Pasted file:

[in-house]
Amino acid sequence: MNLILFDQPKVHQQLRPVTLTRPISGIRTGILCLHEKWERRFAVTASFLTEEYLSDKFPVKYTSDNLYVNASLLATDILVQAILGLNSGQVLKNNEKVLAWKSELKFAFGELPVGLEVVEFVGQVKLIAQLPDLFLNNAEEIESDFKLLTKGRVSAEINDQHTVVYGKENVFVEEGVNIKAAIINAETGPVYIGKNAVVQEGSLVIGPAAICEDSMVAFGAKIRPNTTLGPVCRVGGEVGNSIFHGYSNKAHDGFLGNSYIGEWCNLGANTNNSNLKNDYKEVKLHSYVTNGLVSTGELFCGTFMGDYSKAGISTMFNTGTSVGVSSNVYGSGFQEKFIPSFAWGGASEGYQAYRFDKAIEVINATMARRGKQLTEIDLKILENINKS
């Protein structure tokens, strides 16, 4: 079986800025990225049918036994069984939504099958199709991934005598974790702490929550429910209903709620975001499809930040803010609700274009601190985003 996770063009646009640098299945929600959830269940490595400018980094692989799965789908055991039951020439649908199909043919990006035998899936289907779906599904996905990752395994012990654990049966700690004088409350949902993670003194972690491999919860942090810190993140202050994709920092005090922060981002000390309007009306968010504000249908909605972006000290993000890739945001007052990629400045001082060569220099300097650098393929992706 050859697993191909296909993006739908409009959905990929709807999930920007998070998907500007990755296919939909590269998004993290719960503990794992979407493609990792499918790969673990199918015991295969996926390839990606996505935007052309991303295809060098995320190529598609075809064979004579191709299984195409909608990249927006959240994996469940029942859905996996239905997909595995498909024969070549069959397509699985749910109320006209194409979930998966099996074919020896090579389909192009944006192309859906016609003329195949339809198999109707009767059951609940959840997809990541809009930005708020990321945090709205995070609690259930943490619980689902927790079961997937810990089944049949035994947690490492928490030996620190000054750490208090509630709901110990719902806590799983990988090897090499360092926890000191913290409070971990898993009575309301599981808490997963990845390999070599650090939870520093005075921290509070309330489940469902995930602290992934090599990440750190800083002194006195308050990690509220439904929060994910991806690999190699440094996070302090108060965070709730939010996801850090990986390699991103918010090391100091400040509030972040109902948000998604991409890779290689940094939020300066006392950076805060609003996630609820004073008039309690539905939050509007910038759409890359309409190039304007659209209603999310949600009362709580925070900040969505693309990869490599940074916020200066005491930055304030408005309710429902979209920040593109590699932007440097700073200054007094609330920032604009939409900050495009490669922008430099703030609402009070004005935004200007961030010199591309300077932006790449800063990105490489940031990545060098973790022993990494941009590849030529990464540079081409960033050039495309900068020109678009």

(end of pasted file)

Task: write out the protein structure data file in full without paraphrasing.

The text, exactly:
[in-house]
Amino acid sequence: MNLILFDQPKVHQQLRPVTLTRPISGIRTGILCLHEKWERRFAVTASFLTEEYLSDKFPVKYTSDNLYVNASLLATDILVQAILGLNSGQVLKNNEKVLAWKSELKFAFGELPVGLEVVEFVGQVKLIAQLPDLFLNNAEEIESDFKLLTKGRVSAEINDQHTVVYGKENVFVEEGVNIKAAIINAETGPVYIGKNAVVQEGSLVIGPAAICEDSMVAFGAKIRPNTTLGPVCRVGGEVGNSIFHGYSNKAHDGFLGNSYIGEWCNLGANTNNSNLKNDYKEVKLHSYVTNGLVSTGELFCGTFMGDYSKAGISTMFNTGTSVGVSSNVYGSGFQEKFIPSFAWGGASEGYQAYRFDKAIEVINATMARRGKQLTEIDLKILENINKS
């Protein structure tokens, strides 16, 4: 079986800025990225049918036994069984939504099958199709991934005598974790702490929550429910209903709620975001499809930040803010609700274009601190985003 996770063009646009640098299945929600959830269940490595400018980094692989799965789908055991039951020439649908199909043919990006035998899936289907779906599904996905990752395994012990654990049966700690004088409350949902993670003194972690491999919860942090810190993140202050994709920092005090922060981002000390309007009306968010504000249908909605972006000290993000890739945001007052990629400045001082060569220099300097650098393929992706 050859697993191909296909993006739908409009959905990929709807999930920007998070998907500007990755296919939909590269998004993290719960503990794992979407493609990792499918790969673990199918015991295969996926390839990606996505935007052309991303295809060098995320190529598609075809064979004579191709299984195409909608990249927006959240994996469940029942859905996996239905997909595995498909024969070549069959397509699985749910109320006209194409979930998966099996074919020896090579389909192009944006192309859906016609003329195949339809198999109707009767059951609940959840997809990541809009930005708020990321945090709205995070609690259930943490619980689902927790079961997937810990089944049949035994947690490492928490030996620190000054750490208090509630709901110990719902806590799983990988090897090499360092926890000191913290409070971990898993009575309301599981808490997963990845390999070599650090939870520093005075921290509070309330489940469902995930602290992934090599990440750190800083002194006195308050990690509220439904929060994910991806690999190699440094996070302090108060965070709730939010996801850090990986390699991103918010090391100091400040509030972040109902948000998604991409890779290689940094939020300066006392950076805060609003996630609820004073008039309690539905939050509007910038759409890359309409190039304007659209209603999310949600009362709580925070900040969505693309990869490599940074916020200066005491930055304030408005309710429902979209920040593109590699932007440097700073200054007094609330920032604009939409900050495009490669922008430099703030609402009070004005935004200007961030010199591309300077932006790449800063990105490489940031990545060098973790022993990494941009590849030529990464540079081409960033050039495309900068020109678009």